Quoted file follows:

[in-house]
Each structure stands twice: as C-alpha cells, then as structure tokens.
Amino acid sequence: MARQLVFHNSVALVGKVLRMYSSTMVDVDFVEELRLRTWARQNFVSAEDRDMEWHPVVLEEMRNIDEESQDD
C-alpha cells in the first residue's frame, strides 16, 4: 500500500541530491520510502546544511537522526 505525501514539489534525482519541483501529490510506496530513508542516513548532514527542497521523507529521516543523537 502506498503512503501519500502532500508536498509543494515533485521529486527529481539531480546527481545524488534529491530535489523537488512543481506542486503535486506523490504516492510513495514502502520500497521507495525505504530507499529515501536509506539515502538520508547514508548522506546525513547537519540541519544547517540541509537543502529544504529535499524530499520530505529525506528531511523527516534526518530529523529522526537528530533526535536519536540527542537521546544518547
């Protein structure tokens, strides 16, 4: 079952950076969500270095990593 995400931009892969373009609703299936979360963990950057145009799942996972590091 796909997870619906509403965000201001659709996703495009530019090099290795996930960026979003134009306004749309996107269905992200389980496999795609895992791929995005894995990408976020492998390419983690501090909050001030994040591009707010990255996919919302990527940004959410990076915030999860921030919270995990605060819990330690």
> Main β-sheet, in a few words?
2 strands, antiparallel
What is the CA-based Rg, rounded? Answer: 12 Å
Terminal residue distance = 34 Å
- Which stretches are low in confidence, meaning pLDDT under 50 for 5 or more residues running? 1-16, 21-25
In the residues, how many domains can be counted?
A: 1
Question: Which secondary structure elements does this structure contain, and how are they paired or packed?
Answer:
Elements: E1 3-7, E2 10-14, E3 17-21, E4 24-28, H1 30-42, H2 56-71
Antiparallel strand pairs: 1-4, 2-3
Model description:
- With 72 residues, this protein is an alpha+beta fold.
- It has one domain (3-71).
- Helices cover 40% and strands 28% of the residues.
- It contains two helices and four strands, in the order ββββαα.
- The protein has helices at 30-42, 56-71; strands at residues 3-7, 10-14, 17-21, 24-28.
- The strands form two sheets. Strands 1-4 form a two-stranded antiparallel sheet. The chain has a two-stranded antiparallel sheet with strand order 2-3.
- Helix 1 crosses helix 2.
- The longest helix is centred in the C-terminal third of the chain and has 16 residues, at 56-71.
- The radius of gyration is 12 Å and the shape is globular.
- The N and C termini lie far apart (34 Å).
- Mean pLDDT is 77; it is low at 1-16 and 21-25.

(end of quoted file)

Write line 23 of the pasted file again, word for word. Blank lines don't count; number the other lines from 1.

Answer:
- The strands form two sheets. Strands 1-4 form a two-stranded antiparallel sheet. The chain has a two-stranded antiparallel sheet with strand order 2-3.